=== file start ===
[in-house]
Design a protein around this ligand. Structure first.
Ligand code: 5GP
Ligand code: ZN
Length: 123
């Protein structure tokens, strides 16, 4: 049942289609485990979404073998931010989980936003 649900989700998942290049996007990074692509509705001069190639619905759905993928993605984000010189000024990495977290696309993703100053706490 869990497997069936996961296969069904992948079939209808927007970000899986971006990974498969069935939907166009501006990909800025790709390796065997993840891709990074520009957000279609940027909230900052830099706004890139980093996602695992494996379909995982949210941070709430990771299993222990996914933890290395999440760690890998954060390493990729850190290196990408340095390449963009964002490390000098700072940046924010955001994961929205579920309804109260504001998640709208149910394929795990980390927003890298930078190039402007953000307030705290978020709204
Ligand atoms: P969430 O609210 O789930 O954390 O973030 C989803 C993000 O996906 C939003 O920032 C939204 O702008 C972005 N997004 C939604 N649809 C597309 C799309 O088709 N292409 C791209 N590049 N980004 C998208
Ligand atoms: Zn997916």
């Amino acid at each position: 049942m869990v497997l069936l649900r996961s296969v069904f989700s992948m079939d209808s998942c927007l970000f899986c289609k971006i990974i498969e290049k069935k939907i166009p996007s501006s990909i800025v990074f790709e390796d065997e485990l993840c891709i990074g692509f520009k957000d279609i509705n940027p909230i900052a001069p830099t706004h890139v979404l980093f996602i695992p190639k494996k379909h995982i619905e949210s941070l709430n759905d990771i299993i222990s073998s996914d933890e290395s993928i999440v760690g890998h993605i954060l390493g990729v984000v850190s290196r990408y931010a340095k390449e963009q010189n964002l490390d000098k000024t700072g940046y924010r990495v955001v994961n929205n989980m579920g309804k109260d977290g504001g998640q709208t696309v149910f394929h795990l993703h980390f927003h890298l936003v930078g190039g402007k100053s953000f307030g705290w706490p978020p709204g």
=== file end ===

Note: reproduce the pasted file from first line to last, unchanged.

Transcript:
[in-house]
Design a protein around this ligand. Structure first.
Ligand code: 5GP
Ligand code: ZN
Length: 123
């Protein structure tokens, strides 16, 4: 049942289609485990979404073998931010989980936003 649900989700998942290049996007990074692509509705001069190639619905759905993928993605984000010189000024990495977290696309993703100053706490 869990497997069936996961296969069904992948079939209808927007970000899986971006990974498969069935939907166009501006990909800025790709390796065997993840891709990074520009957000279609940027909230900052830099706004890139980093996602695992494996379909995982949210941070709430990771299993222990996914933890290395999440760690890998954060390493990729850190290196990408340095390449963009964002490390000098700072940046924010955001994961929205579920309804109260504001998640709208149910394929795990980390927003890298930078190039402007953000307030705290978020709204
Ligand atoms: P969430 O609210 O789930 O954390 O973030 C989803 C993000 O996906 C939003 O920032 C939204 O702008 C972005 N997004 C939604 N649809 C597309 C799309 O088709 N292409 C791209 N590049 N980004 C998208
Ligand atoms: Zn997916």
């Amino acid at each position: 049942m869990v497997l069936l649900r996961s296969v069904f989700s992948m079939d209808s998942c927007l970000f899986c289609k971006i990974i498969e290049k069935k939907i166009p996007s501006s990909i800025v990074f790709e390796d065997e485990l993840c891709i990074g692509f520009k957000d279609i509705n940027p909230i900052a001069p830099t706004h890139v979404l980093f996602i695992p190639k494996k379909h995982i619905e949210s941070l709430n759905d990771i299993i222990s073998s996914d933890e290395s993928i999440v760690g890998h993605i954060l390493g990729v984000v850190s290196r990408y931010a340095k390449e963009q010189n964002l490390d000098k000024t700072g940046y924010r990495v955001v994961n929205n989980m579920g309804k109260d977290g504001g998640q709208t696309v149910f394929h795990l993703h980390f927003h890298l936003v930078g190039g402007k100053s953000f307030g705290w706490p978020p709204g």